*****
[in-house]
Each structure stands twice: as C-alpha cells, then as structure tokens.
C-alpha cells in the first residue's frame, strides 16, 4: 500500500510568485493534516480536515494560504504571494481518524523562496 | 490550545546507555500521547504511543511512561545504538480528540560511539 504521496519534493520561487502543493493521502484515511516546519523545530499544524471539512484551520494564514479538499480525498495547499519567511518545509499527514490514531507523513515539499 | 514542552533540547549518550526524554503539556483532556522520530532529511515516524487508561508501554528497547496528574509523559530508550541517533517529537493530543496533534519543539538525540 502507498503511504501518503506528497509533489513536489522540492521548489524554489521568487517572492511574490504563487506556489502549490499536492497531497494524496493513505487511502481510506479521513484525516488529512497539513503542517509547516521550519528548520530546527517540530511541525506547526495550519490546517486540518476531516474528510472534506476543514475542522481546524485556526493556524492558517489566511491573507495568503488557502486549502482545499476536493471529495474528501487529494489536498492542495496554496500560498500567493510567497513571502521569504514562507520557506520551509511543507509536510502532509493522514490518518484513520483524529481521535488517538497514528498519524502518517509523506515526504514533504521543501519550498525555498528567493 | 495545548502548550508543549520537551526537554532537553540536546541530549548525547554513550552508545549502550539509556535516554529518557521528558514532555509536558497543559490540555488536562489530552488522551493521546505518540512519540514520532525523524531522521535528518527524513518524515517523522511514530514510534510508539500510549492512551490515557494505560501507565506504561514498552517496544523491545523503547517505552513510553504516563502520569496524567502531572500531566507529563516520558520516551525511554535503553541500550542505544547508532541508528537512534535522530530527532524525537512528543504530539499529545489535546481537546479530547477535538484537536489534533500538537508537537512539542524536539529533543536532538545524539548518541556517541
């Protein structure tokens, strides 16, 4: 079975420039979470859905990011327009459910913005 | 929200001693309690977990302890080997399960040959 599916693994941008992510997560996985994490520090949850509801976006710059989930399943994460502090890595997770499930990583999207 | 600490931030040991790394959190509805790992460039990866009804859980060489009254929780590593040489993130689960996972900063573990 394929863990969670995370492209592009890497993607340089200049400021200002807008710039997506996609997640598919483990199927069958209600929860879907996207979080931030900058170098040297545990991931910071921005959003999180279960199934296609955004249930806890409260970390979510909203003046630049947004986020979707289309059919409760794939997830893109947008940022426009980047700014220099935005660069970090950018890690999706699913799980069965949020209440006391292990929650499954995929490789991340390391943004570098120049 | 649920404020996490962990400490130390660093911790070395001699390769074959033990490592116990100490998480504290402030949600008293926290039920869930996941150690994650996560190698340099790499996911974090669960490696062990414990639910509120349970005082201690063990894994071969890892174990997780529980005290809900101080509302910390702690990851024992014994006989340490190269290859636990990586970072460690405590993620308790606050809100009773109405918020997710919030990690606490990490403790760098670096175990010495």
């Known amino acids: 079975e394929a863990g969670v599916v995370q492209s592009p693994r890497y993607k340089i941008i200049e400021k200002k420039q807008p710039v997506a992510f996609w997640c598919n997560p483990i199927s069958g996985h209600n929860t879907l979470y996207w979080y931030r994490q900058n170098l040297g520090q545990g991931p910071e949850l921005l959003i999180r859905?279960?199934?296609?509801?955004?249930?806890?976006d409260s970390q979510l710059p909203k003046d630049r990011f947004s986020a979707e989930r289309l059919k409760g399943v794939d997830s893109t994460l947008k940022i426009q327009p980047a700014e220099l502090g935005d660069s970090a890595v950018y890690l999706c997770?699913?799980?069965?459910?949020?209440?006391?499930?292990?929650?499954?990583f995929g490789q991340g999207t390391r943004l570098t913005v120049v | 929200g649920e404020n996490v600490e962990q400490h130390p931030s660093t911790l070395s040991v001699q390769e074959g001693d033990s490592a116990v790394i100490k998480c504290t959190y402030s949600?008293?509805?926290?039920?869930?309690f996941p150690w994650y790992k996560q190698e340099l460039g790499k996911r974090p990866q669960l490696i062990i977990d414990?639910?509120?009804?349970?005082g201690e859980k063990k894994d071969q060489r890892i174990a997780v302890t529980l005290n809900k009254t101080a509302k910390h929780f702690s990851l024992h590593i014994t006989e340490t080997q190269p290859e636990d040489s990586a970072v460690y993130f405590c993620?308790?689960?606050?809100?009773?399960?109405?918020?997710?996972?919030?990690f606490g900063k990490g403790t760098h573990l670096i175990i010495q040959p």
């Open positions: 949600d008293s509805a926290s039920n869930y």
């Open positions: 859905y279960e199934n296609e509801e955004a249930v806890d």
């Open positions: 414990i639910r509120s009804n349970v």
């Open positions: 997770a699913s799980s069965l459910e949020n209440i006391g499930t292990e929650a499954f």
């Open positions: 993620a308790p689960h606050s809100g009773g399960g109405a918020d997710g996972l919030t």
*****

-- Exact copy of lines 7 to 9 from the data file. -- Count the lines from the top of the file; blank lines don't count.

């Open positions: 859905y279960e199934n296609e509801e955004a249930v806890d």
């Open positions: 414990i639910r509120s009804n349970v």
């Open positions: 997770a699913s799980s069965l459910e949020n209440i006391g499930t292990e929650a499954f």